SAN FRANCISCO (KGO) -- A chapter in San Francisco's history is almost over. Crews are starting demolition on Candlestick Park and on Wednesday, they let ABC7 News pay one final visit.
In a stadium full of broken seats and torn up grass, a giant claw peels apart the steel bleachers, just like pulling the wrapper off a hot dog.
Of course, for 49ers photographer Michael Zagaris, that brings back other memories. "Sometimes the wind would howl. I could be shooting and all of a sudden like WHAP - there's a plastic hot dog wrapped just slamming against my face," he recalled.
Candlestick Park wasn't known for nice weather. Even as workers take it apart, the padded seats in the dugout can still be seen with heaters right behind them.
"Well, they would've saved people's butts except they didn't work. None of the heaters worked," Zagaris said.
Still, The Stick was a place where history happened.
From that last Beatles concert to Candlestick's last concert here by Sir Paul himself.
There was sports history -- the play known as "the catch." And the World Series when the earth shook.
"Canseco kind of fell back against me and he said, 'I've got a migrane, my head's killing me,' and I just said, 'Hey man, relax, it's just an earthquake,'" Zagaris said.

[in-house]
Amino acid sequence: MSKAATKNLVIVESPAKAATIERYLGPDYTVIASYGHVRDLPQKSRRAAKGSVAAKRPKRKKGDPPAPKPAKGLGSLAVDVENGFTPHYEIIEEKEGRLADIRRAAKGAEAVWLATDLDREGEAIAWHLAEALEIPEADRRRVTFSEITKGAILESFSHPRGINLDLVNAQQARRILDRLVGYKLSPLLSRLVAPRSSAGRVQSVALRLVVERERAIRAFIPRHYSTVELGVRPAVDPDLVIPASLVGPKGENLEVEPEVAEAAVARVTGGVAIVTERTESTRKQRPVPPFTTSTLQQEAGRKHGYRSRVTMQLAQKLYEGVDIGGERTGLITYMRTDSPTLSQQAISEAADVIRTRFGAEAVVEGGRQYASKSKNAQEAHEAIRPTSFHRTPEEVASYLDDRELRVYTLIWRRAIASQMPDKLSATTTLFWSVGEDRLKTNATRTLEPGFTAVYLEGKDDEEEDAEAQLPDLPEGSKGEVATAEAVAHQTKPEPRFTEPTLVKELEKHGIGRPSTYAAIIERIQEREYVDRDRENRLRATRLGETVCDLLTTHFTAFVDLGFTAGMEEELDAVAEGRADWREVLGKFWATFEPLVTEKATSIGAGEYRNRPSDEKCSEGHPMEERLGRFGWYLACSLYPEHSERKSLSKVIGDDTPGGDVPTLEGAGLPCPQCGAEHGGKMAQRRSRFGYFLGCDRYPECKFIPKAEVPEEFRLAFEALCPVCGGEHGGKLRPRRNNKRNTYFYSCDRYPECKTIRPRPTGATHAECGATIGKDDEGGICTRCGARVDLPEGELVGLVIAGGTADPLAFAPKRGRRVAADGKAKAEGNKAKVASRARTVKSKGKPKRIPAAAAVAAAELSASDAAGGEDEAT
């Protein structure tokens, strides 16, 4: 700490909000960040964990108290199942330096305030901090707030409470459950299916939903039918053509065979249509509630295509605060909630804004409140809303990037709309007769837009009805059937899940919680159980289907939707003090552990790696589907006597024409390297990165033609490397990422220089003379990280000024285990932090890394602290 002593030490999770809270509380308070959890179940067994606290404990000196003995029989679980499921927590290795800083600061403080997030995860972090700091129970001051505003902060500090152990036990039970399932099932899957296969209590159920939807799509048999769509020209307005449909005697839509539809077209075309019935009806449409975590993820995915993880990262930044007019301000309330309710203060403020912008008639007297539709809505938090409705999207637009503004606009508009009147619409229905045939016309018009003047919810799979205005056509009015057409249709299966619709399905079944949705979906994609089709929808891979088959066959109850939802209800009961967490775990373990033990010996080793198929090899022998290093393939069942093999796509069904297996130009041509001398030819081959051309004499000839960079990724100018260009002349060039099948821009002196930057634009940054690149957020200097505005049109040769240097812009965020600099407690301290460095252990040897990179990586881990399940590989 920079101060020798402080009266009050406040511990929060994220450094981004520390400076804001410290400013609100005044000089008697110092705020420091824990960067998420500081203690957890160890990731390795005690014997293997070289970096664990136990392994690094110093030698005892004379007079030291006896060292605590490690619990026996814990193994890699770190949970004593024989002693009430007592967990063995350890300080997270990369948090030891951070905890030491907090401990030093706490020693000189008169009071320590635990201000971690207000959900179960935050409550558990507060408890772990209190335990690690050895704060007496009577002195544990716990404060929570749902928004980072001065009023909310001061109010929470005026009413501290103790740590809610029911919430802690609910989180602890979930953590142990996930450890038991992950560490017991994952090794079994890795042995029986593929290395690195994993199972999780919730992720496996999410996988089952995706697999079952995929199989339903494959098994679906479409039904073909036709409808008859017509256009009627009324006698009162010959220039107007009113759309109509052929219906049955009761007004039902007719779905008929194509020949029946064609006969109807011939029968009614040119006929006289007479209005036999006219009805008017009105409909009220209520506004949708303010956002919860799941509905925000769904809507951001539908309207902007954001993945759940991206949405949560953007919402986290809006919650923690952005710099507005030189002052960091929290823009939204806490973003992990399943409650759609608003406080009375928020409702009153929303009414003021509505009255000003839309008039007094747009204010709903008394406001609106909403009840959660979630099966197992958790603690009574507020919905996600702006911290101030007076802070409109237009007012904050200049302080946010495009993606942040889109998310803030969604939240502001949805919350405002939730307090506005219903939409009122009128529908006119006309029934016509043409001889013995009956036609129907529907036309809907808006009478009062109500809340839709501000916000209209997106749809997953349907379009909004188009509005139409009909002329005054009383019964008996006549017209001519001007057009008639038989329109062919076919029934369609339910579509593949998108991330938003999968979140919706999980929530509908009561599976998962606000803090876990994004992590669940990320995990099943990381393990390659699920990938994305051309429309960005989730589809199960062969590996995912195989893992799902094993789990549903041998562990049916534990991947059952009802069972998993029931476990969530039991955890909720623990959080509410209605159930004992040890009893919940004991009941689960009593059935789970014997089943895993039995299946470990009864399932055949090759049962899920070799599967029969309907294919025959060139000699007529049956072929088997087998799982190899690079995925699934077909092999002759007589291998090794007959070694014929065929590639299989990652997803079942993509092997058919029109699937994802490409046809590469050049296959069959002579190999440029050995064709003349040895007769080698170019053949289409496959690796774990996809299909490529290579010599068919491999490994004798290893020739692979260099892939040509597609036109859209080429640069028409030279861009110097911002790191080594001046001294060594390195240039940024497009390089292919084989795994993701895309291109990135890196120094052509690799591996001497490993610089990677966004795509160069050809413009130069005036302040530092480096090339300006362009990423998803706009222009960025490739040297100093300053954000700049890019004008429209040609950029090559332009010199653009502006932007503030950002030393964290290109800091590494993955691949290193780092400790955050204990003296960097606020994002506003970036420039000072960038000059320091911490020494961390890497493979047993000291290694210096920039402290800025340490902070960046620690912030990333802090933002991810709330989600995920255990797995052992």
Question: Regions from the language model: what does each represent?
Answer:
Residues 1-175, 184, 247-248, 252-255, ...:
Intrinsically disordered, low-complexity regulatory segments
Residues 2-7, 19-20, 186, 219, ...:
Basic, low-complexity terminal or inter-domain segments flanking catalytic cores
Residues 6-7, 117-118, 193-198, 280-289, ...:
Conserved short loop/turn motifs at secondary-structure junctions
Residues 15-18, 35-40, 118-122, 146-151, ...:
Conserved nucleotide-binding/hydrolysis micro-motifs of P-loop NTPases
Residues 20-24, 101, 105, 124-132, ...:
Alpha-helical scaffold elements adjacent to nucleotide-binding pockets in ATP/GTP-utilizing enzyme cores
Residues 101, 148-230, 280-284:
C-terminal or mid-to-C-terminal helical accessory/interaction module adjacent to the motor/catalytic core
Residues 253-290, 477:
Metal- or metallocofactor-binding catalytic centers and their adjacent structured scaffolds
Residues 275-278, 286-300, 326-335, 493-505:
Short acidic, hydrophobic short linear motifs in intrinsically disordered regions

For all the history that's been seen from these seats, Candlestick will vanish into history in almost no time at all.
It'll take another week or two to get the rest of the wrecking equipment on site and then all this could be gone within three months.
"This will all be a very dramatically different landscape once we finish demolishing Candlestick," site development manager Jermaine Smith said.
Housing, shopping and wide open green space - it's only fitting the man who's managing the project has already spent so much time here.
"The funny thing is this is the first time I've been on the field with all the games that I've been to, so it's actually kind of cool. It looks a lot smaller now," Smith said.
And it'll get smaller every day as workers dismantle it one crumbling piece at a time.
"It was kind of like a great, old house you grew up in as a kid where the roof leaked and some of the windows didn't shut right. But that's where you grew up. I grew up there, so it was a great place," Zagaris said.